For the men’s basketball team, practice has not made perfect just yet.

Since practice officially began a little over two weeks ago, head coach James Jones has trained his players five days a week — including 6:30 a.m. practices on Tuesdays and Thursdays — but neither the coaches nor the players are completely satisfied with the team’s progress.

“We have a ways to go before we’re ready to play somebody,” Jones said.

Jones said he assumed the Bulldogs’ veteran lineup would be further along by this time. Although he has been watching some game tape already, Jones said the team would not begin preparing for its first opponent, Oklahoma State, until a week before the Nov. 22 game. Yale will face Vermont on Nov. 9 in a preseason scrimmage.

But Oklahoma State is certainly on the minds of team members. Jones distributes a practice schedule to his players daily, and at the bottom of Wednesday’s schedule were big bold letters: “Oklahoma State #1.”

Captain Chris Leanza ’03 was similarly apprehensive about the team’s progress.

“If you’re satisfied, you get a little complacent,” Leanza said.

Leanza could not point to one specific area that needs improvement, but instead stressed that the team still needs to come together and avoid resting on its laurels.

“We don’t want to let last year’s success get to our head,” Leanza said.

Fittingly, Jones picked “teamwork” as the word of the day for Wednesday’s practice. The word “huddle” was printed in bold type on the practice schedule.

Teamwork factored into the Bulldogs’ clockwork practice schedule, particularly in the middle of the session. From 4:38 p.m. to 4:48 p.m., the team ran the “Bulldog #2 Scramble,” a team defense drill. From 4:48 p.m. to 5 p.m., the Elis practiced defending screens, and from 5 p.m. to 5:12 p.m., the team executed a 4-on-4 shell, another team defense exercise.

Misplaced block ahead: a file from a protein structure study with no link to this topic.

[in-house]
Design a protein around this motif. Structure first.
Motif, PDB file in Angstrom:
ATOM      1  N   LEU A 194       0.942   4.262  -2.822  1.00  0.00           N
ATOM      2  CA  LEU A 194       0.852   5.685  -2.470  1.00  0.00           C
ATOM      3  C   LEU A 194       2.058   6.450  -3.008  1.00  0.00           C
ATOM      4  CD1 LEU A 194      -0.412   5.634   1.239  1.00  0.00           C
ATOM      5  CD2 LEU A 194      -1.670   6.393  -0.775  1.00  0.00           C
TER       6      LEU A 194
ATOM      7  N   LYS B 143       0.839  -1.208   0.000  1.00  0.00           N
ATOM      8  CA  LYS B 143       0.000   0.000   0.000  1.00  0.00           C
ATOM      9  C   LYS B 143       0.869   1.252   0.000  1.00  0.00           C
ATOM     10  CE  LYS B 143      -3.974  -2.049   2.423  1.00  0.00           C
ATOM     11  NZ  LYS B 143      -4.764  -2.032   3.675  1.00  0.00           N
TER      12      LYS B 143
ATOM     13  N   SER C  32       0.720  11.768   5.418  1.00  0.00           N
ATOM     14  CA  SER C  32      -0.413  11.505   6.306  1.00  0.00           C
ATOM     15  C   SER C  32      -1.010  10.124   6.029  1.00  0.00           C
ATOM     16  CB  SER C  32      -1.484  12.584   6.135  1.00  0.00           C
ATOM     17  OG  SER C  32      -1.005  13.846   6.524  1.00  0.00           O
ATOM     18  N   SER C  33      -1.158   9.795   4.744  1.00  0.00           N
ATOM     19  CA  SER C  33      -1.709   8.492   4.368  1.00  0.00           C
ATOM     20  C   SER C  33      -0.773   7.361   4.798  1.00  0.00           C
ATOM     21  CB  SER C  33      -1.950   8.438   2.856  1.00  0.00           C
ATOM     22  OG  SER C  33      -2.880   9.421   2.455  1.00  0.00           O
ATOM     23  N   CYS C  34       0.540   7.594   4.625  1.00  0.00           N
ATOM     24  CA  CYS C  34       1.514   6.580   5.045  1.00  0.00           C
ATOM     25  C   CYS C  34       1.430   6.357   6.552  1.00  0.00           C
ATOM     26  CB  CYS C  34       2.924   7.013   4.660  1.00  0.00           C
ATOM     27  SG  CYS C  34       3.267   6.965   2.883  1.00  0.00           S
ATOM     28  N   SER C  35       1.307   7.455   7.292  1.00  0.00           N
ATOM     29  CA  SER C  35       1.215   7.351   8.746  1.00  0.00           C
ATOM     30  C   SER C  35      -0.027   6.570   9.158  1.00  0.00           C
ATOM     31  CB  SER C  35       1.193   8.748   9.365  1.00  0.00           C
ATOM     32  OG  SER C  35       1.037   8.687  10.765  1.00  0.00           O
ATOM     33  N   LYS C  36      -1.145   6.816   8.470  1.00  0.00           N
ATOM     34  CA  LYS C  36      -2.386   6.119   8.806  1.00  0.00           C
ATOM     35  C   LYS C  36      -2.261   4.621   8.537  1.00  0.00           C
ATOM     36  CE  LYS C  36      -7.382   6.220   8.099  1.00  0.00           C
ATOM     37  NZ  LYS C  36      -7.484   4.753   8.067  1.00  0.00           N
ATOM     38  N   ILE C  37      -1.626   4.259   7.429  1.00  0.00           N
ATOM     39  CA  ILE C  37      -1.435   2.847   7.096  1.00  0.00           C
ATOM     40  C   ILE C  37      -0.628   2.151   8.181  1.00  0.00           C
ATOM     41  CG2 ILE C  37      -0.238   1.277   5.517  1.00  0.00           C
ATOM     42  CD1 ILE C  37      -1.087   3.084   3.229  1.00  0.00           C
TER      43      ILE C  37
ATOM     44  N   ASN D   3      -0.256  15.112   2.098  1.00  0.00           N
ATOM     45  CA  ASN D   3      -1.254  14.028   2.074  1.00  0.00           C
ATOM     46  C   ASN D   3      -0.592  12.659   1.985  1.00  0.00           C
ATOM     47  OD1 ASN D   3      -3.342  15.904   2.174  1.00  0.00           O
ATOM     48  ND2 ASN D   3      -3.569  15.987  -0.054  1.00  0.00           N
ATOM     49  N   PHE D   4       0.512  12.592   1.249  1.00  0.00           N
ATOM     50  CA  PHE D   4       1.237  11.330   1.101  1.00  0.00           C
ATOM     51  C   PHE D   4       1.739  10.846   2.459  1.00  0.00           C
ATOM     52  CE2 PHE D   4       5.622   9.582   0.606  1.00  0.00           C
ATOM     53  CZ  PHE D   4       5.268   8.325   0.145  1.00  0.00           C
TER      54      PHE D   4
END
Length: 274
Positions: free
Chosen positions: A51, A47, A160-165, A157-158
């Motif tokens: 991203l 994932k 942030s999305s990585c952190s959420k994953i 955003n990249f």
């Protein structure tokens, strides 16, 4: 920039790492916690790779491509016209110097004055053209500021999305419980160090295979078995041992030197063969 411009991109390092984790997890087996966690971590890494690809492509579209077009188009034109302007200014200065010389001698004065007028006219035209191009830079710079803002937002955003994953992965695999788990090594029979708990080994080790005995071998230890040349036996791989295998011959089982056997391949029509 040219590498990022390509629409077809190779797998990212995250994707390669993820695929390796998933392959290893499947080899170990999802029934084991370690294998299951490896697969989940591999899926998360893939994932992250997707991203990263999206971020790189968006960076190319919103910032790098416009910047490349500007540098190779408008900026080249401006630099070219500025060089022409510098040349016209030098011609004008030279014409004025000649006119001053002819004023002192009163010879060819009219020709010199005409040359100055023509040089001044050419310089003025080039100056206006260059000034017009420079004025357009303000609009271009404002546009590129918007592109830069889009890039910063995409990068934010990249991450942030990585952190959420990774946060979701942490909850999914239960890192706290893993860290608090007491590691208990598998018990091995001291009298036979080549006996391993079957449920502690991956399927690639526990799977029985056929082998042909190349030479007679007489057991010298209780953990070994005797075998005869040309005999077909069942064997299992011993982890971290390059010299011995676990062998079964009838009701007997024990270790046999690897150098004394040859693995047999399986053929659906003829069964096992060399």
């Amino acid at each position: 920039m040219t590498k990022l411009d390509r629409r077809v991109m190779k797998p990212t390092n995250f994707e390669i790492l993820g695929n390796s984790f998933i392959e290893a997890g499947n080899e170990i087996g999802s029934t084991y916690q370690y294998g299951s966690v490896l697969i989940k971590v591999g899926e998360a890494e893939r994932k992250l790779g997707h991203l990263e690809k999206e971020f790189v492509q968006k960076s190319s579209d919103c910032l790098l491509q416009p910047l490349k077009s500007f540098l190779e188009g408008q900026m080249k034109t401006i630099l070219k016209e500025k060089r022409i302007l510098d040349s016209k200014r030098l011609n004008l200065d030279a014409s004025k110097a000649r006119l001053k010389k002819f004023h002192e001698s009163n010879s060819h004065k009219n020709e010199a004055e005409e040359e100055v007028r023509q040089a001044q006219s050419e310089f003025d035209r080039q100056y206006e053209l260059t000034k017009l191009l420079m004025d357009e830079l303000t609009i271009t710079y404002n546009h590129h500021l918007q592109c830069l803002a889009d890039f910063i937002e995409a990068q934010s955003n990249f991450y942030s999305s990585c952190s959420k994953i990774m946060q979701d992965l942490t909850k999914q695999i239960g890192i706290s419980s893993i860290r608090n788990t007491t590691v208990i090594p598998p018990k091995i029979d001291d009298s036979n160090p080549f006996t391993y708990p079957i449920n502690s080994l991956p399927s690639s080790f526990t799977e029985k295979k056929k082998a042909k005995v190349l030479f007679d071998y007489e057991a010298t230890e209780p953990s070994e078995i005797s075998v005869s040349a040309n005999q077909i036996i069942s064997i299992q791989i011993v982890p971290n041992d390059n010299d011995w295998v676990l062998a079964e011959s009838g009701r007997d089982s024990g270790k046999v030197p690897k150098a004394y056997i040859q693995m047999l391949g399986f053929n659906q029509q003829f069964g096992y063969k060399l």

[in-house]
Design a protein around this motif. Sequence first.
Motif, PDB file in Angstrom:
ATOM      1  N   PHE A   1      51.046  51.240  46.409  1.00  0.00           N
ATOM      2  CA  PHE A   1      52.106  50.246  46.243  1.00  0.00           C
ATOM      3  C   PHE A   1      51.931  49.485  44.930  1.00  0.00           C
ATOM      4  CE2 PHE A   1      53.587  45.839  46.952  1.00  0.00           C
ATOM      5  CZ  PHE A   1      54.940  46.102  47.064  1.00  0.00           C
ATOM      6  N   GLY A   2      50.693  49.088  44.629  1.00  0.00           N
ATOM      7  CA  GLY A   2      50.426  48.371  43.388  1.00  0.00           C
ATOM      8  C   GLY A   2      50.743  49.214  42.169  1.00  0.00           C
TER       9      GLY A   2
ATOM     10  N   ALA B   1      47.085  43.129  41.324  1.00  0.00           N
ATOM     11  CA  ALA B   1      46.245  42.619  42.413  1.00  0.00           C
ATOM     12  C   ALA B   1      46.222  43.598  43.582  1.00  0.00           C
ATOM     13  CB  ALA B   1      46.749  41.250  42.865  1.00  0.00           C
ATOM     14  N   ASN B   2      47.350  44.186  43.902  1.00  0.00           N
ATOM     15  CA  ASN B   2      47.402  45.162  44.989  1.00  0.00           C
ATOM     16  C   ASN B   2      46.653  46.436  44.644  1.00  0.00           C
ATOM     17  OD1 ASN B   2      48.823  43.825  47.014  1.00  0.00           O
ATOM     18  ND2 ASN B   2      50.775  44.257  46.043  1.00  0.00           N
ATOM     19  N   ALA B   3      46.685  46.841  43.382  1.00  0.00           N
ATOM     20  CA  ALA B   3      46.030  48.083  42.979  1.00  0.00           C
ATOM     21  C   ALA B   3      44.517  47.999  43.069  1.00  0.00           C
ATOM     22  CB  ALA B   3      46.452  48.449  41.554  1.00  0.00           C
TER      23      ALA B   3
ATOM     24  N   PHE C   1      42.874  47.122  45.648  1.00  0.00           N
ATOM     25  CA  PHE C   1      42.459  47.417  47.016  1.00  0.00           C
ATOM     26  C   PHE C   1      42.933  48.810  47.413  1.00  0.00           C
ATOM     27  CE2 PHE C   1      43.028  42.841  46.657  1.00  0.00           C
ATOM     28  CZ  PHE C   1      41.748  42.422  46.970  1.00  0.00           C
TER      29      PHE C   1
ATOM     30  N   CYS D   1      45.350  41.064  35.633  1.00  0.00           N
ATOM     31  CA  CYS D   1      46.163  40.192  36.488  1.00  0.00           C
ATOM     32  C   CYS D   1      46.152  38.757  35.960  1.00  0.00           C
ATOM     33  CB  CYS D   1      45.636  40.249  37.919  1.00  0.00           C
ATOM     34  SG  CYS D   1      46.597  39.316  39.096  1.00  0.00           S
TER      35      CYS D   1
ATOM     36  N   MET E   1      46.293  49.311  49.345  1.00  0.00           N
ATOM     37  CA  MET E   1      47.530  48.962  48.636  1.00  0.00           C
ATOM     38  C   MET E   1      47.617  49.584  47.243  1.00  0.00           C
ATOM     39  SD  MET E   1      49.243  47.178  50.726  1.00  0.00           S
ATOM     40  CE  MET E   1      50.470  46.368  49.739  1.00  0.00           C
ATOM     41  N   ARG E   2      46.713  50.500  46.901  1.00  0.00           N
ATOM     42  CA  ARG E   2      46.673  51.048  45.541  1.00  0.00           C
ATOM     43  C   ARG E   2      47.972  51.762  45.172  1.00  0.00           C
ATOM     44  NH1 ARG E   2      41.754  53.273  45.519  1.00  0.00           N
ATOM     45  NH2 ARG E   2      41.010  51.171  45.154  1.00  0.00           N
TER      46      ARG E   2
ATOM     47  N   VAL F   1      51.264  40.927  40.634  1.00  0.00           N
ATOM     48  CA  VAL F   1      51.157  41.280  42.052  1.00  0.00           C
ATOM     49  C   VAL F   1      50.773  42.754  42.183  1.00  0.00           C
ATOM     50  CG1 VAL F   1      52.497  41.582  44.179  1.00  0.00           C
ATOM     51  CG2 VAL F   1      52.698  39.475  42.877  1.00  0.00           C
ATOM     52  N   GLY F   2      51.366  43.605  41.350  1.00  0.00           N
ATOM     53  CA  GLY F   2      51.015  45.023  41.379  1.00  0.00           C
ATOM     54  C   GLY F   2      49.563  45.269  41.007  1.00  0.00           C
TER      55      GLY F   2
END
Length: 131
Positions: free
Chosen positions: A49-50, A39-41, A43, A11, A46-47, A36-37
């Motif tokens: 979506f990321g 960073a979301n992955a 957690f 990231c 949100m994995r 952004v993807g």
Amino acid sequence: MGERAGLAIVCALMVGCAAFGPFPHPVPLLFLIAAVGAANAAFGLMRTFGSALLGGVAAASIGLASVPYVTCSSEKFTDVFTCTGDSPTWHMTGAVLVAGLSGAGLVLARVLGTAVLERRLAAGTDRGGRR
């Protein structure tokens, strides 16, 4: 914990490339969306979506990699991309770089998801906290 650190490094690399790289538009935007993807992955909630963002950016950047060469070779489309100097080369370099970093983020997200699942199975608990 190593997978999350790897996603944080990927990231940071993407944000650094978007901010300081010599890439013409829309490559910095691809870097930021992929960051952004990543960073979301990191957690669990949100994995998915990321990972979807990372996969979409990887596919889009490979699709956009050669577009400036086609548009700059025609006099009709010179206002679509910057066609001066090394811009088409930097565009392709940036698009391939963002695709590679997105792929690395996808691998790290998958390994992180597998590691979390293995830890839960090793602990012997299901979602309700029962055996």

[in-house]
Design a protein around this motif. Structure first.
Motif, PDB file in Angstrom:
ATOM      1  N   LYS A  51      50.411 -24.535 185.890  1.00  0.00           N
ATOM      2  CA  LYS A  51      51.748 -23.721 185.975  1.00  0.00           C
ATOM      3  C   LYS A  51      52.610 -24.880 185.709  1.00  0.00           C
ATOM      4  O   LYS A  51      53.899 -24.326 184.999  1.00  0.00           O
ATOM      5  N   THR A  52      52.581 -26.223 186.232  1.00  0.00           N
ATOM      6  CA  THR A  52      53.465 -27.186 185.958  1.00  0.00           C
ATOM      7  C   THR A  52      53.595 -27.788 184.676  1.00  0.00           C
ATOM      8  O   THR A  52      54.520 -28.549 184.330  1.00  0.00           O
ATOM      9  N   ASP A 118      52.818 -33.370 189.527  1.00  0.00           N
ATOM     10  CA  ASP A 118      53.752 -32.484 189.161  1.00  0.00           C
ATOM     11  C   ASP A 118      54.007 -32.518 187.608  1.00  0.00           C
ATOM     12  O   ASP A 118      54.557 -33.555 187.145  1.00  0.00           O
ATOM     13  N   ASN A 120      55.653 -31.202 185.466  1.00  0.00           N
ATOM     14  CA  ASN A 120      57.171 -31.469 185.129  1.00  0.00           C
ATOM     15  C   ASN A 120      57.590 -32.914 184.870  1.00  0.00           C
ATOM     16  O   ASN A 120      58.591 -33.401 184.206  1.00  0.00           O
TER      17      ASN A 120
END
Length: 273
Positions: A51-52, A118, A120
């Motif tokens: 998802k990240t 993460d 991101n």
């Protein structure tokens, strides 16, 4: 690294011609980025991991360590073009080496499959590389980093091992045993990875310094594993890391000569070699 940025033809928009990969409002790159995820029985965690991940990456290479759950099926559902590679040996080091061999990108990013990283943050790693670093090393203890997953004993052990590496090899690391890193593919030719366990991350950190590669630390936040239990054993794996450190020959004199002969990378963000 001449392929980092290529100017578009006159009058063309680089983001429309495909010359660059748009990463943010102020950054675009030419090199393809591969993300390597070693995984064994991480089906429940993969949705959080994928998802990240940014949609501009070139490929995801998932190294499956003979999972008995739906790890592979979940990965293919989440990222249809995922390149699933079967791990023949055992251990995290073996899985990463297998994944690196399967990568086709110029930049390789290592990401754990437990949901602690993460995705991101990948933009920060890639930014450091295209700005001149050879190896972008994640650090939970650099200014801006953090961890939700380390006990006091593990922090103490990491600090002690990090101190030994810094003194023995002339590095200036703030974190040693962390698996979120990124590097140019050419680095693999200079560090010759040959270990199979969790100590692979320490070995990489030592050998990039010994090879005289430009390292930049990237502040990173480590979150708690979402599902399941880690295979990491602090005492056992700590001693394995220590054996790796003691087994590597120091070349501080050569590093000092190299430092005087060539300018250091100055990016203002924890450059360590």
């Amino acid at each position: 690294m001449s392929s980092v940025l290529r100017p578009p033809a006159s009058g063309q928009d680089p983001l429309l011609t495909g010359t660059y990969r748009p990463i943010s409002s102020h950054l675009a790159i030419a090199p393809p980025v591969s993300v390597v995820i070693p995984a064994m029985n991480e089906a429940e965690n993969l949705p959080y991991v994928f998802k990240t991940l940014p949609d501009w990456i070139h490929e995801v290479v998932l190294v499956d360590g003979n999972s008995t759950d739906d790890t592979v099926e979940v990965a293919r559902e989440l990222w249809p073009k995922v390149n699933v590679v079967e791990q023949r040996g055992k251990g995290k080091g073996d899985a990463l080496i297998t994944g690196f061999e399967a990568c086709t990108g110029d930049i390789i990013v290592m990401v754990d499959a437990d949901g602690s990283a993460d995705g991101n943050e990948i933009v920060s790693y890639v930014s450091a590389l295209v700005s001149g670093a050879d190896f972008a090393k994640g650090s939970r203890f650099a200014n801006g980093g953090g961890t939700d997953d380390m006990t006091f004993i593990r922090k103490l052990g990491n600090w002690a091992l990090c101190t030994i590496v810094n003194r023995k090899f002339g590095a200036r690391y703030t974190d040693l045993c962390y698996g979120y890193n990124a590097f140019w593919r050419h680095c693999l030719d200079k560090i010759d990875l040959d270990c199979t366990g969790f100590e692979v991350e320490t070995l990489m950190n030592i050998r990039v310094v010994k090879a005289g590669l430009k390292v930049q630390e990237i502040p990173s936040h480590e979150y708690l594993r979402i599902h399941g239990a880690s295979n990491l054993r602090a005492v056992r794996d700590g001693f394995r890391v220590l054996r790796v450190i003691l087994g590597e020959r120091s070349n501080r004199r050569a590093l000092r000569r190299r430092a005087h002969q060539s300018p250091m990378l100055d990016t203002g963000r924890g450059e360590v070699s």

All three of these drills divided the team into three groups. While two groups practiced, the third huddled, working to build team identity.

Yale, last year’s Ivy League co-champion, returns its entire roster this winter. But so far, injuries have prevented everybody from playing together.

The front court has been hit especially hard, with injuries keeping forwards Mark Lovett ’05 (knee), Mike Smith ’04 (knee) and Paul Vitelli ’04 (groin) off the Lanman practice courts. Big men Josh Hill ’04 (hernia) and T.J. McHugh ’03 (ankle) also are injured, but have been recovering and were on the floor for Wednesday’s practice.

In addition, Princeton transfer Dominick Martin ’05 will have surgery on his broken wrist today, though he is not eligible to play this season because of NCAA transfer regulations.

Leanza, who took a beating in Wednesday’s practice but managed to emerge without serious injury, said the injured players were still contributing through their sideline support and words of encouragement.

“They make their presence known at practice,” Leanza said.

Leanza said this year’s rookies, post players Dextor Upshaw ’06 and Juan Wheat ’06, also were working hard to help the team and make the adjustment from high school to college.

“It’s a huge transition,” assistant coach Ted Hotaling said.

Hotaling was impressed with the rookies’ effort and said the upperclassmen were helping the freshmen settle in.

“We have good senior leadership,” Hotaling said.

Hotaling commended the returning players for their improved games, but said he would not be able to tell where the team needs to focus until the Vermont scrimmage.

“I don’t think there’s anything that’s really glaring,” he said.

The practice concluded with a 20-minute half-court scrimmage.

Usually, practice concludes with conditioning drills. But with a 6:30 a.m. practice looming ahead today, Jones released the team early.